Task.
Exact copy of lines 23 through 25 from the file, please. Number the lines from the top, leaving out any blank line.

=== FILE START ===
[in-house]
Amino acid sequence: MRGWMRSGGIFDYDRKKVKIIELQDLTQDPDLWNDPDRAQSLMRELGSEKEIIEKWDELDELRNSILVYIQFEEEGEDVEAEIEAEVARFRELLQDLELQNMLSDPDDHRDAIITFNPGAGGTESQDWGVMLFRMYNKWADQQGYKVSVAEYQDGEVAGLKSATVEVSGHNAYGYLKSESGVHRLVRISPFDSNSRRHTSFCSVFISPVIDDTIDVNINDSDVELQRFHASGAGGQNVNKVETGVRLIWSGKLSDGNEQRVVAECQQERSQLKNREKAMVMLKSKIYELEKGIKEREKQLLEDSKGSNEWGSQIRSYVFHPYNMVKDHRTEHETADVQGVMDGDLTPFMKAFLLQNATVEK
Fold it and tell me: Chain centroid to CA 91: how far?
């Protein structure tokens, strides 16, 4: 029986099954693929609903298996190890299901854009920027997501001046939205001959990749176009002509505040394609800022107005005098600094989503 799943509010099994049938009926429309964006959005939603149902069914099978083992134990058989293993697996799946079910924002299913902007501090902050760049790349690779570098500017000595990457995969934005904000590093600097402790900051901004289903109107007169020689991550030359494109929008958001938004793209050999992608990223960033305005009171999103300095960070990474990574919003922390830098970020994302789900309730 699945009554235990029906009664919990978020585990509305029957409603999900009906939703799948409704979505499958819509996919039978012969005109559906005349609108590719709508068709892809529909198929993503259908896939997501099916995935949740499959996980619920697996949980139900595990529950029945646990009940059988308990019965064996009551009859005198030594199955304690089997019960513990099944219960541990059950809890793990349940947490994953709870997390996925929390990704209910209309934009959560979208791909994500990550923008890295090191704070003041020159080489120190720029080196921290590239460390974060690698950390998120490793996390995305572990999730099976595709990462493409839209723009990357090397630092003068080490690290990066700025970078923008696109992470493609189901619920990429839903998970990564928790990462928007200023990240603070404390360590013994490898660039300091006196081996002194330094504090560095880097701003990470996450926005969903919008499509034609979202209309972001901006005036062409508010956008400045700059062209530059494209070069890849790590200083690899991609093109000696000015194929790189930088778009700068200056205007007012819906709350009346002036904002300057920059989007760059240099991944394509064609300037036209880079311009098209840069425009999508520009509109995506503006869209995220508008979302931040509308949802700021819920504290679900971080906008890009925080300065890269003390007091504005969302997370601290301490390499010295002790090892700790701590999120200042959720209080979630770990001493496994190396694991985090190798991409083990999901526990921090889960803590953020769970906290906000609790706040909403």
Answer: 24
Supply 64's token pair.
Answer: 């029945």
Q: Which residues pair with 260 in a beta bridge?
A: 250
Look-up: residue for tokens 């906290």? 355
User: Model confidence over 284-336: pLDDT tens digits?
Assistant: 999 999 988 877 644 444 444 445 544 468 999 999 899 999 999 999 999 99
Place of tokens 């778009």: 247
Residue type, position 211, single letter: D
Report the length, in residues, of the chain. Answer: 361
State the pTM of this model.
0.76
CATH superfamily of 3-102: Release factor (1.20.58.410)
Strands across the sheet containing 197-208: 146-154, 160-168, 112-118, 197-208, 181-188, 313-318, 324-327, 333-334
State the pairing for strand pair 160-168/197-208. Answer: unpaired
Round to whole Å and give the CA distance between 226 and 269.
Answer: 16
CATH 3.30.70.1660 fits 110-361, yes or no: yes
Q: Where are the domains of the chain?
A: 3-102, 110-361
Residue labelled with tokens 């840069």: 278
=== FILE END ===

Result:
CATH 3.30.70.1660 fits 110-361, yes or no: yes
Q: Where are the domains of the chain?
A: 3-102, 110-361